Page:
Storytelling Campaigns Spur Brownfield Redevelopment

Outdoor patio of the Jailhouse Craft Beer Bar.By Matt Ashby, AICP

It’s part of human nature to love a good story. Stories bring us together, spark ideas, and activate people’s imaginations, all of which are needed to transform an unloved and unlovely brownfield into a vibrant new community centerpiece. Brownfields often sit vacant because they are daunting and complex, easier to be ignored than tackled. A vivid storytelling campaign that uses primary resources, first-person accounts, and visual assets that demonstrate both the past AND future of a site as part of a narrative can catalyze community involvement in the redevelopment process. Better stories trigger progress, elicit better partnerships, and result in better outcomes. So how can you find and tell your story?

Portrait of Ayres Matt Ashby.

About the Expert:

Matt Ashby, a certified urban planner, helps communities nationwide tell their stories and bring new life to blighted properties.

Understanding Motivation

Among the most important things to understand when creating your story are the motivations of your stakeholders. For example, understanding that property owners’ motivations are different from elected officials’ is critical to crafting a motivating narrative. In our experience, the main groups of folks you’ll be working with are:

  • Elected officials: Generally focused on ECONOMIC IMPACT, with concerns and hopes about jobs, sales and property tax, blight removal, and their general legacy.
  • Property owners: Concerned with their FAMILY LEGACY, with a focus on property value, resale potential, lease rates, free money, clean bill of health, and what kind of inheritance they’ll leave behind.
  • Developers or investors: FEAR MISSING OUT. They want to know about return on investment, neighborhood potential, land value, lease rates, and market demand.
  • Residents: Want SOMETHING TO LOVE. They’re interested in livability, sense of place, neighborhood character, blight elimination, qualify of life, and amenities.
  • Grantors: Want above all to see the MONEY WELL SPENT. They want results, shareable information, groundbreaking ceremonies, and stories that show that.

Knowing what your audience cares about and framing the redevelopment in those terms will help you craft a story that draws people in. (For a peek at our approach to storytelling and tailoring communication to the right audience, check out this article: The Pointy End of the Pickaxe

Once Upon a Time: Finding the Details of Your Story

Identifying the “vibe” of your community and weaving it into a story is critical for broad-based support for any type of redevelopment project. One of the best ways to get people excited about a story is to involve them in it. Engagement processes that are geared toward finding out what people care about and tailoring activities to meet that end rather than checking the box on another boring public meeting is a great way to get folks involved. People want to tell you what they think their community is all about!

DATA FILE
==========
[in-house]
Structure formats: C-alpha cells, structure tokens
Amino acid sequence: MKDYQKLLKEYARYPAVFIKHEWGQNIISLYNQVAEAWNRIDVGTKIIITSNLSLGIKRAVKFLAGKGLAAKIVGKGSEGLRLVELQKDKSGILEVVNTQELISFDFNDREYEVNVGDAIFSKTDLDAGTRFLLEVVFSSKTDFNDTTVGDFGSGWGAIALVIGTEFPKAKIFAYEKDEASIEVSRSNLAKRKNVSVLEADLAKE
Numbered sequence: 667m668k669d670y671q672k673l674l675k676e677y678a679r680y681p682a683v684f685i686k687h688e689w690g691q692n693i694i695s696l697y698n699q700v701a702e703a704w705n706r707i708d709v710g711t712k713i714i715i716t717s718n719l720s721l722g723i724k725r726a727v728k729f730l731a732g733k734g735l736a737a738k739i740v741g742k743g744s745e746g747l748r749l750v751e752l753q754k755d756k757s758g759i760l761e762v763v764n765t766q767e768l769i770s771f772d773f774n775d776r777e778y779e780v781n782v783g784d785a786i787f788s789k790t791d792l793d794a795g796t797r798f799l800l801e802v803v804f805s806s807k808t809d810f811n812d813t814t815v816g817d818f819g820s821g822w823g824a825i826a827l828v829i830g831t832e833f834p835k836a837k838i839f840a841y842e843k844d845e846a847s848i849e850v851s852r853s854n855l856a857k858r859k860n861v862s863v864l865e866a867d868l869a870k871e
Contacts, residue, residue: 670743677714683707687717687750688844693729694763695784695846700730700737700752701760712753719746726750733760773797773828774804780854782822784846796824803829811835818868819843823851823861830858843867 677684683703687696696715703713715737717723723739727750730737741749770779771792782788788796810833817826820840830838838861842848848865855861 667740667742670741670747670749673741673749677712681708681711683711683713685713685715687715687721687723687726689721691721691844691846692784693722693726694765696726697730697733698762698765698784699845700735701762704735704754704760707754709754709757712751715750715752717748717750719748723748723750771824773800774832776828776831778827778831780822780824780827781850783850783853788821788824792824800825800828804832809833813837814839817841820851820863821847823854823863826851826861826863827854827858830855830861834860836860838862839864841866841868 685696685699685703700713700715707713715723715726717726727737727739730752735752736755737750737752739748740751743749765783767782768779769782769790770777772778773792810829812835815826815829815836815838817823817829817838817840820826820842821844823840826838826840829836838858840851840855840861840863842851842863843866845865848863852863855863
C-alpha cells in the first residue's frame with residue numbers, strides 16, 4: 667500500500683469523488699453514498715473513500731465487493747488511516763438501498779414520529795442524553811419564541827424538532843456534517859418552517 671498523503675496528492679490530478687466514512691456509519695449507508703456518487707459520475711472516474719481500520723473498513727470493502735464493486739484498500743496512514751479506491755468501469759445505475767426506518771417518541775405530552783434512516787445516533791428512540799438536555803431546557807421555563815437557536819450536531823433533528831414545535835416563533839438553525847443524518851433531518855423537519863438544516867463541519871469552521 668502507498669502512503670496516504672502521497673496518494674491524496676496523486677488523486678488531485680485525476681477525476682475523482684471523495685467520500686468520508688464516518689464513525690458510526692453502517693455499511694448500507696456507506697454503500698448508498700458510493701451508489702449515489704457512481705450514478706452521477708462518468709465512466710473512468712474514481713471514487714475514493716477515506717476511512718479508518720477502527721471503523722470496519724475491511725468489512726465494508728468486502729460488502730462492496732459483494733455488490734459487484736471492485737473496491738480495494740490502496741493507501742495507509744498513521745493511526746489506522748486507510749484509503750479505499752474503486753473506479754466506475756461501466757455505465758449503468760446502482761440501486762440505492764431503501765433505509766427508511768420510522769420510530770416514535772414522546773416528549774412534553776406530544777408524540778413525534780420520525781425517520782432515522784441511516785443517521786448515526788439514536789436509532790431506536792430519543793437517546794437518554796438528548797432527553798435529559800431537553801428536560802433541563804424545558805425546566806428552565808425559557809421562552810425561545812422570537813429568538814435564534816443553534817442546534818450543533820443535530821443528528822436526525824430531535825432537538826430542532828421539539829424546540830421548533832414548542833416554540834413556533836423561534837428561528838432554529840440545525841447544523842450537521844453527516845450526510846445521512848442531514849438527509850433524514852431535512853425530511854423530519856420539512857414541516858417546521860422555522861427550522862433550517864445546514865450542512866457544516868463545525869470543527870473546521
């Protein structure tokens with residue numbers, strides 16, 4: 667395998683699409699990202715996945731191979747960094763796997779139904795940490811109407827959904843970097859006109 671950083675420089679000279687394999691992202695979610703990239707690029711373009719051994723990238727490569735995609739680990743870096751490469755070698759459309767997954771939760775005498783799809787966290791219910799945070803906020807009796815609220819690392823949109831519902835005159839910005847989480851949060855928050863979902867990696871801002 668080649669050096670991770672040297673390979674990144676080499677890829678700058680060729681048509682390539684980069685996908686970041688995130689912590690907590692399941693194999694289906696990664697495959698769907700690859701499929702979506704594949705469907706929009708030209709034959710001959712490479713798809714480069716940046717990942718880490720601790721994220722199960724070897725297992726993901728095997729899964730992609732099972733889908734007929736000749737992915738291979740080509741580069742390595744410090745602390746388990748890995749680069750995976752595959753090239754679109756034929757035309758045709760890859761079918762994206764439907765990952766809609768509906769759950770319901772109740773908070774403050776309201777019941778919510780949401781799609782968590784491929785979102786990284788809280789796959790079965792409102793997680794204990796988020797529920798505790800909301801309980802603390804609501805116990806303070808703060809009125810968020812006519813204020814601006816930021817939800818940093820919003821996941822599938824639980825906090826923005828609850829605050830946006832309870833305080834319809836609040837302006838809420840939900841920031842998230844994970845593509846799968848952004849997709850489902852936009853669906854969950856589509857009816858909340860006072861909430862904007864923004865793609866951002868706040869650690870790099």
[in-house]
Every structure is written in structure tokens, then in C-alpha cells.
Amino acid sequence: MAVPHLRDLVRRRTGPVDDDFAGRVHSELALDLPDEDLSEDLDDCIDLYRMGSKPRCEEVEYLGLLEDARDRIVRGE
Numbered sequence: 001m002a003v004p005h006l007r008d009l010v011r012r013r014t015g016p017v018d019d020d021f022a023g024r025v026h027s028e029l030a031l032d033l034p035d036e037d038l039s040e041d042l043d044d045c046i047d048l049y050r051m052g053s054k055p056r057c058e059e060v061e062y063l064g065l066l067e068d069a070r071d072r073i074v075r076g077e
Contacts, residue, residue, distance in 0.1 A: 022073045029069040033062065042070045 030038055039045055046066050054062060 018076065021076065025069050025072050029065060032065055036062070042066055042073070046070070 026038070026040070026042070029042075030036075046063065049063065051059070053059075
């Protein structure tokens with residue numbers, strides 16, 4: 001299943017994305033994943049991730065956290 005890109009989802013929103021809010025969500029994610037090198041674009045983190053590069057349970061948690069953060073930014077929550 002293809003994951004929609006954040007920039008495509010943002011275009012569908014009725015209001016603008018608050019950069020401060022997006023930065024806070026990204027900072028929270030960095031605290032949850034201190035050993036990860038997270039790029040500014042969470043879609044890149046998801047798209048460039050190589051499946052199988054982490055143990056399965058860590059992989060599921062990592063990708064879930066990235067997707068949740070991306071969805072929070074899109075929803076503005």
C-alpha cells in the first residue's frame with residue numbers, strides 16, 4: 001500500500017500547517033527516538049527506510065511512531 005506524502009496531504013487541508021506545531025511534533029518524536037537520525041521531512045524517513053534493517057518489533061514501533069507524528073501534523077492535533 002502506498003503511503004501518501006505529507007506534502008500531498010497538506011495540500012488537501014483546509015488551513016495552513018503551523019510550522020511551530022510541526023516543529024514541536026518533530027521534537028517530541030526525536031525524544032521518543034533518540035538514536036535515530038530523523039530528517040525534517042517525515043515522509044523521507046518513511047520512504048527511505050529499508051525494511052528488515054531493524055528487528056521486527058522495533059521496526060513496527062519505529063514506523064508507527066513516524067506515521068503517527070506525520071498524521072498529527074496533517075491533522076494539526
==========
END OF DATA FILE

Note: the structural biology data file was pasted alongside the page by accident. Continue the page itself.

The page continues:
Downtowns are what make one community stand out from the next, and we’ve yet to work with a community that doesn’t have something that makes them stand apart, whether it’s the legacy of a hardscrabble community overcoming adversity, a fascinating history of heroes and scoundrels, an artistic haven where people flock for creative pursuits … the list goes on and on. Because your residents may have different priorities than developers, you may get several versions of your community’s story, and that’s actually a positive: Ultimately, listening to a broad swath of your community will result in a richer, more compelling tale.

I Can See It Now: Showing Your Future Story

Once you understand your stakeholders and have your past story established, you can captivate excitement and imagination with the future. Creating a fresh start in people’s minds for a brownfield site or blighted area often takes creation of visual representation of what can be. Videos and fly-throughs not only capture attention of your officials, community residents, property owners, and potential developers, but they also help translate complex technical concepts and abstract ideas into straightforward visuals that are easily understood by most. By using these tools, you can begin to create a new narrative or story about a site that deserves a fresh start.

Logo for Palatka, FL, branding project.

New branding in brownfield communities such as Palatka, Florida, created excitement and led to the creation of a thriving business district.

Innovative branding techniques helped build grassroots support in Princeton, West Virginia.

A redevelopment project in Cheyenne, Wyoming, helped galvanize a groundswell of community support that saw the project through a transition in leadership.

A community that gets emotionally invested in a catalyst site or district will get their hands a little dirty and go the extra mile, and you’re ultimately left with revitalized sites that are a reflection and celebration of a real community.

Contact Matt Ashby to help your community begin to tell its story.

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